And notice the “we”—church is a corporate dimension. It is to be corporately maintained.

So look again: “Therefore”—because the Gospel is precious, “therefore”. Because Jesus is better than anything else, “therefore…”

Then there’s the veil, the curtain… God could not look on any sin. No one just went into the Holy of Holies… Even the High Priest never went in without blood… the Gospel is saturated in these verses.

Can I state the obvious? Church is for Christians. It’s for those who can come before the throne because the blood of Christ has covered their sins. Church is being redefined in our age as being something for unbelievers. “What can we do to get unbelievers to come to church?” Now, I want them to come and hear the gospel, to be provoked by what we’re saying, and the intensity of God’s Word… but the church isn’t for unbelievers.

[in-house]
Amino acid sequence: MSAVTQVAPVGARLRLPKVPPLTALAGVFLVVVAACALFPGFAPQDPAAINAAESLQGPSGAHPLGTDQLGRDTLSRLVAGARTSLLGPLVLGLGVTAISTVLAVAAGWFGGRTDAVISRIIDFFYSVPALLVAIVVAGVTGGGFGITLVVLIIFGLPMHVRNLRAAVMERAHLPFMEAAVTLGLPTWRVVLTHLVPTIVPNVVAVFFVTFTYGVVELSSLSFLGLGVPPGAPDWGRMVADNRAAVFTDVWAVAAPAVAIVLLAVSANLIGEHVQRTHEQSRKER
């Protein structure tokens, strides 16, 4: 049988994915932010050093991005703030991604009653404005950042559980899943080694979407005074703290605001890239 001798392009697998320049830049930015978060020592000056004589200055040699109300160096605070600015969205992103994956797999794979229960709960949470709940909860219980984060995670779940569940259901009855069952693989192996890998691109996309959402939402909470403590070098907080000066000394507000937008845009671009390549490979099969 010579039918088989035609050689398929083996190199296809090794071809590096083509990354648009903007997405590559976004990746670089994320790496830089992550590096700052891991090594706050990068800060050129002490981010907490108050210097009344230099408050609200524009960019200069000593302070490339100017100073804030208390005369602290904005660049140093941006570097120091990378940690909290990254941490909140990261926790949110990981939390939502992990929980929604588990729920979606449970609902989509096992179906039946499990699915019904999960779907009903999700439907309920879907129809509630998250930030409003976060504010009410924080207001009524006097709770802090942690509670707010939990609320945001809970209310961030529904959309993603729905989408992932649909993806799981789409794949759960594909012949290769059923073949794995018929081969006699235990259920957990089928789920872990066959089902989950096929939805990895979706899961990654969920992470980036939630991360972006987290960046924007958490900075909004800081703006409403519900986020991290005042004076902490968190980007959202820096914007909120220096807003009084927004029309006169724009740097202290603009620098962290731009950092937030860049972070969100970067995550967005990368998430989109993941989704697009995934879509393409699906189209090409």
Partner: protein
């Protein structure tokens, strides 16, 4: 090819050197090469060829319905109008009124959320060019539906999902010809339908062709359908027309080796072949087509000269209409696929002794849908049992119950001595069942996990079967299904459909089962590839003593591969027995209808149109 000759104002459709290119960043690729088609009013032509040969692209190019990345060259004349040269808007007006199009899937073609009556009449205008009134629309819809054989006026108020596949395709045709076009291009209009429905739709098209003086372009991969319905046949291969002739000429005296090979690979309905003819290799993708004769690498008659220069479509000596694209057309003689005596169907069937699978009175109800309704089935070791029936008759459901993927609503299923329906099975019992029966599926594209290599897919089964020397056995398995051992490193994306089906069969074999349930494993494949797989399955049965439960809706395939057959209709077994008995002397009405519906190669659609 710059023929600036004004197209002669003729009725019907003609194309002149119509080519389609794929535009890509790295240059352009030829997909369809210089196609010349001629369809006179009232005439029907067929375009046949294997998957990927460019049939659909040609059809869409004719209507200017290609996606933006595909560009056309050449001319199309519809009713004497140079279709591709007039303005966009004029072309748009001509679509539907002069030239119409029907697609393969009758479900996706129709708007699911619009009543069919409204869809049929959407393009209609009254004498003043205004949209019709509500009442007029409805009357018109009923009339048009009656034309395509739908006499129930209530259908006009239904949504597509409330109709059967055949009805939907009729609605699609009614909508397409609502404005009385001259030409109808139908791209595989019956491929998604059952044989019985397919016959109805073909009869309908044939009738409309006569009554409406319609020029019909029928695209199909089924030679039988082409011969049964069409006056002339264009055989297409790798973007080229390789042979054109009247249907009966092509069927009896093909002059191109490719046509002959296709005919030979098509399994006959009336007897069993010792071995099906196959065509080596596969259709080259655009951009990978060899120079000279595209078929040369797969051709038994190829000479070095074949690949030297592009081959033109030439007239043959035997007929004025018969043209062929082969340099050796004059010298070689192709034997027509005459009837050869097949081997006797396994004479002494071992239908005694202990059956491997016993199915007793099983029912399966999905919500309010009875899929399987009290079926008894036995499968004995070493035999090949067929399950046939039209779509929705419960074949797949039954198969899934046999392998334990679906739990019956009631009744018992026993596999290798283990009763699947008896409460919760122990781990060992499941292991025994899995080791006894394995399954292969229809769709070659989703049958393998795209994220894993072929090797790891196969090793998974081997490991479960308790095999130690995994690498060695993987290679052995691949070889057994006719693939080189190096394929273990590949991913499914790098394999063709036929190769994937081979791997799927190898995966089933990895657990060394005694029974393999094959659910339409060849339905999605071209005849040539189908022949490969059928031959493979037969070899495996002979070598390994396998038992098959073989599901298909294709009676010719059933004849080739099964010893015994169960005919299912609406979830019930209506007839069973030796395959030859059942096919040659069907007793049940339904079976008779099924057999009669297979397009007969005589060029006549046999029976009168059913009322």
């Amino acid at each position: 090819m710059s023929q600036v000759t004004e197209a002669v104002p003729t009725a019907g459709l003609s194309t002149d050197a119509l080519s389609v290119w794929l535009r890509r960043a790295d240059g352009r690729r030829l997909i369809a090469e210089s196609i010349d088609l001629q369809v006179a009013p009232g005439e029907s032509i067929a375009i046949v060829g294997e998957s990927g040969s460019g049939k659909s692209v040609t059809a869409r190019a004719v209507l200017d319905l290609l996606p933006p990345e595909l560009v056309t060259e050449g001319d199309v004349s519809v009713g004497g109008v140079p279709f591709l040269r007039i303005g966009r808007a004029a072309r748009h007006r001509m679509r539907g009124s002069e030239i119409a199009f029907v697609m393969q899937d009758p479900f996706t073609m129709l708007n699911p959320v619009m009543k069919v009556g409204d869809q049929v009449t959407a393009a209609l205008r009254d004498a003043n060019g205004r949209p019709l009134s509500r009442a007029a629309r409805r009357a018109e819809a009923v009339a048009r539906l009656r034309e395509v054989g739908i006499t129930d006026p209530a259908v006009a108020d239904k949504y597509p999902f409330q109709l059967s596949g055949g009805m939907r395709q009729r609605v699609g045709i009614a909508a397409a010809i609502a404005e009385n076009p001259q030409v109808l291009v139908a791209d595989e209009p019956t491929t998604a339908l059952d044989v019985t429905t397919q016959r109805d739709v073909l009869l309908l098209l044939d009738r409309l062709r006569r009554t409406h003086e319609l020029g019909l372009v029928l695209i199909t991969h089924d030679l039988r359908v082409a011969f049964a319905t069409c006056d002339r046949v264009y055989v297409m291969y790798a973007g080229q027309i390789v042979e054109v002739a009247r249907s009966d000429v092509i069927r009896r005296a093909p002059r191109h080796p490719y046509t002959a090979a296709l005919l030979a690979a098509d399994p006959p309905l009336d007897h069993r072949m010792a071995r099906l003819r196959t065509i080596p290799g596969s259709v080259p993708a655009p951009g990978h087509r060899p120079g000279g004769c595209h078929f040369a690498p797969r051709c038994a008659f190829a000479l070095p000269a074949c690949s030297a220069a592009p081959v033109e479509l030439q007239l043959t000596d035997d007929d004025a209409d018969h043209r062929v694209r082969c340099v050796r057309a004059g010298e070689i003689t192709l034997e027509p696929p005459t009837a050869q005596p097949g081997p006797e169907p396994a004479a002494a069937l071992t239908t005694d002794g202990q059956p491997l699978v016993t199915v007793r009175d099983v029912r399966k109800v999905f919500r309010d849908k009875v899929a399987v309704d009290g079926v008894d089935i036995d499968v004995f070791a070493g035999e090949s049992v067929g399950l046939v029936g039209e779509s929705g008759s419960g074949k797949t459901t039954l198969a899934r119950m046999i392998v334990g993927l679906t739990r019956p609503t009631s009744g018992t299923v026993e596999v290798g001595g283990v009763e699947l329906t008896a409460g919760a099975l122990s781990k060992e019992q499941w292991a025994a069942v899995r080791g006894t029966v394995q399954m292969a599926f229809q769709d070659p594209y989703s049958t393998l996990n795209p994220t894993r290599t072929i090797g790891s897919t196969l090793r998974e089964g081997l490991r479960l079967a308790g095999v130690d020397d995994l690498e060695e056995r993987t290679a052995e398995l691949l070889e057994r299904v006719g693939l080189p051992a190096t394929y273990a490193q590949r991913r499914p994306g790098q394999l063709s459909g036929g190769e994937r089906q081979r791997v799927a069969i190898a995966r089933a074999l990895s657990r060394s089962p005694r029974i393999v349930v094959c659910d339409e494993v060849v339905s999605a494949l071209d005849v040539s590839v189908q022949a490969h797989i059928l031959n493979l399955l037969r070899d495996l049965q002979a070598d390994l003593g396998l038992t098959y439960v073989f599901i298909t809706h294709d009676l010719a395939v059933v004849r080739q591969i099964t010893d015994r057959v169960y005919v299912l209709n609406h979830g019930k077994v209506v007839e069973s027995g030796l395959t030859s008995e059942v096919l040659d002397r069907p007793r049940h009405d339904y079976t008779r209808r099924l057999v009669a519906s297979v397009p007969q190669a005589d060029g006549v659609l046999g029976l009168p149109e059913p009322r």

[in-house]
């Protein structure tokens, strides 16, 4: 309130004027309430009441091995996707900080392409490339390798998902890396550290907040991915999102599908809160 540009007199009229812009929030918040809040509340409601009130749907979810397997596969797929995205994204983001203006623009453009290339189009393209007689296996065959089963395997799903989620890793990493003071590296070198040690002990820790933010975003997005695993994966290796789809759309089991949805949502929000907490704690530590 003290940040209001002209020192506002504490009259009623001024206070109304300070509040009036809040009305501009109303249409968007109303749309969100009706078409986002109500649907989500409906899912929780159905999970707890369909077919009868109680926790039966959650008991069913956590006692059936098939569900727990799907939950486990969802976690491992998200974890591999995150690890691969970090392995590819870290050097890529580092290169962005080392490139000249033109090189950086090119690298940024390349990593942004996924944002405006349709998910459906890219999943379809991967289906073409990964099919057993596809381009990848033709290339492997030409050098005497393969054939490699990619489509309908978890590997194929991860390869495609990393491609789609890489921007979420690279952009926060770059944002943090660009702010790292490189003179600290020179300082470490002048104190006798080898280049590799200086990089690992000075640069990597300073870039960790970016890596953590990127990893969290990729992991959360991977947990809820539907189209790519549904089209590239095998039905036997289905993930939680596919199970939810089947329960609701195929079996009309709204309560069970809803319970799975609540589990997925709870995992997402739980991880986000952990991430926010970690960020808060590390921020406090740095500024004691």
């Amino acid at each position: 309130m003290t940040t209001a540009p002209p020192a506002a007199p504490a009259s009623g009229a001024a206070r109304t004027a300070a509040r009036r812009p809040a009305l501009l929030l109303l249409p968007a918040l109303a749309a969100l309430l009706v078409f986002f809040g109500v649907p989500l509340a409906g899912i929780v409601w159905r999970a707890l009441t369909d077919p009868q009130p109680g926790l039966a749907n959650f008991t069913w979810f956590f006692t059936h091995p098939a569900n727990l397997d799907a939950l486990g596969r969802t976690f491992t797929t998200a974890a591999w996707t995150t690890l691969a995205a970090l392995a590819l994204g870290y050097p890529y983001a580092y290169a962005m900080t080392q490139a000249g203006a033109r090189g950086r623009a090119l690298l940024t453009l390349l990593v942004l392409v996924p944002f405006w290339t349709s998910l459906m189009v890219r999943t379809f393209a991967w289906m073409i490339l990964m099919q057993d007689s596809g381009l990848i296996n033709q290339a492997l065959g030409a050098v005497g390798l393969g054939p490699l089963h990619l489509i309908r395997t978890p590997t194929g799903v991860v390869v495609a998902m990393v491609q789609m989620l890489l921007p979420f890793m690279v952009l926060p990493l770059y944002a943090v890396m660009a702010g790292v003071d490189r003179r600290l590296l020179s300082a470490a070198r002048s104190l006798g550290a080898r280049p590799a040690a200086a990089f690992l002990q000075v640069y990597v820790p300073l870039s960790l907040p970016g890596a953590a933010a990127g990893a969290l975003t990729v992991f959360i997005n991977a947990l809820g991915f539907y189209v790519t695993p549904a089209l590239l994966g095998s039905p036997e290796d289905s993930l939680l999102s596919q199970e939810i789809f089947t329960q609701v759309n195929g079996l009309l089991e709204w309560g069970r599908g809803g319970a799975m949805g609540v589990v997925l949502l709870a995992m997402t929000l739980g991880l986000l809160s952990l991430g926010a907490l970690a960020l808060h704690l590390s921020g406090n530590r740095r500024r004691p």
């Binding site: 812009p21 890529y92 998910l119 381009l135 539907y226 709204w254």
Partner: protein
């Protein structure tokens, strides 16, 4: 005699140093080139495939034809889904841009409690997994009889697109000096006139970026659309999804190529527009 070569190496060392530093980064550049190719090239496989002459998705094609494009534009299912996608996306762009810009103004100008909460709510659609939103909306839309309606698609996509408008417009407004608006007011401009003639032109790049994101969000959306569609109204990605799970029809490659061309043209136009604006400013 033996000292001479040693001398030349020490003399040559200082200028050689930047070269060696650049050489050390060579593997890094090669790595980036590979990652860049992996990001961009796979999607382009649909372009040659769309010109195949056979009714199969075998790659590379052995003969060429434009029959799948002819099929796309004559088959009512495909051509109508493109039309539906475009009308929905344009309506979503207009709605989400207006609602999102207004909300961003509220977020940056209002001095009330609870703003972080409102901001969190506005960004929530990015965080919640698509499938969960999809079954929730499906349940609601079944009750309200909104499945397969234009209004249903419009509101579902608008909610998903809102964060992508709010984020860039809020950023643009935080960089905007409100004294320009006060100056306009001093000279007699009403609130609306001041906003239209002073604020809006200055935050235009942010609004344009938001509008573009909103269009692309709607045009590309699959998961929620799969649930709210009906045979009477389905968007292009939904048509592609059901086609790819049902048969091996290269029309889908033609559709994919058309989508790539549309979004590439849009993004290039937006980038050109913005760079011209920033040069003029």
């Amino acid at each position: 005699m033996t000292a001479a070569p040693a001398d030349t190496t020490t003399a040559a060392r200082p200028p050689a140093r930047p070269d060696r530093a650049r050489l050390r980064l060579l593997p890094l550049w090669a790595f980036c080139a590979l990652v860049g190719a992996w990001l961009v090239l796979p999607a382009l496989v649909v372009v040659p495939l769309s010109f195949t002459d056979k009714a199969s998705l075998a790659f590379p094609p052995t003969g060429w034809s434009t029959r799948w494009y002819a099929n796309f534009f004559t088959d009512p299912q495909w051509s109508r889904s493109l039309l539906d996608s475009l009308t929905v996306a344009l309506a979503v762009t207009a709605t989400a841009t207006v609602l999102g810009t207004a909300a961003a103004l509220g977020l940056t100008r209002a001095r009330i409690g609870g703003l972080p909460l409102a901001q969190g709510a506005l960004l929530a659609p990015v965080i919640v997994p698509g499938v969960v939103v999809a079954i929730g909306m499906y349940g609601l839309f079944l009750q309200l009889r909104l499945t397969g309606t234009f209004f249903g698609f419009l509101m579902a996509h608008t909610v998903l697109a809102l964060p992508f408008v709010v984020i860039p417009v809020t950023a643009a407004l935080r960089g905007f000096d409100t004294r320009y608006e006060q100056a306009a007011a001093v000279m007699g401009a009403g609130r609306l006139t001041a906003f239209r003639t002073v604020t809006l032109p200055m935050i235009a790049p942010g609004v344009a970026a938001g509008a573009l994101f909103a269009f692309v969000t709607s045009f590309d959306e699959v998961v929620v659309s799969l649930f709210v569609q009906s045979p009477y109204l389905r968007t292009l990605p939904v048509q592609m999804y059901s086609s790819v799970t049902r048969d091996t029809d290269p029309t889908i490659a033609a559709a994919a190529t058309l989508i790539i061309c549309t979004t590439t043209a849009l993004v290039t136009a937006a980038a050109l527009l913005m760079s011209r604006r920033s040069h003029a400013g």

In John 13:35 we see something that I’ve never seen in any church growth book—“They will know you by your love for one another.” Unbelievers should come and feel welcome and loved, but very, very left out. If we love the unbeliever more than our Christian brother there’s something wrong.

It’s hard to believe that we’re even having to talk about this—the Church is for Christians? It’s not that I don’t love unbelievers, I want them to come, but they should be able to come and see and say, “Wow, I’m jealous. They have something I’ve never experienced before…”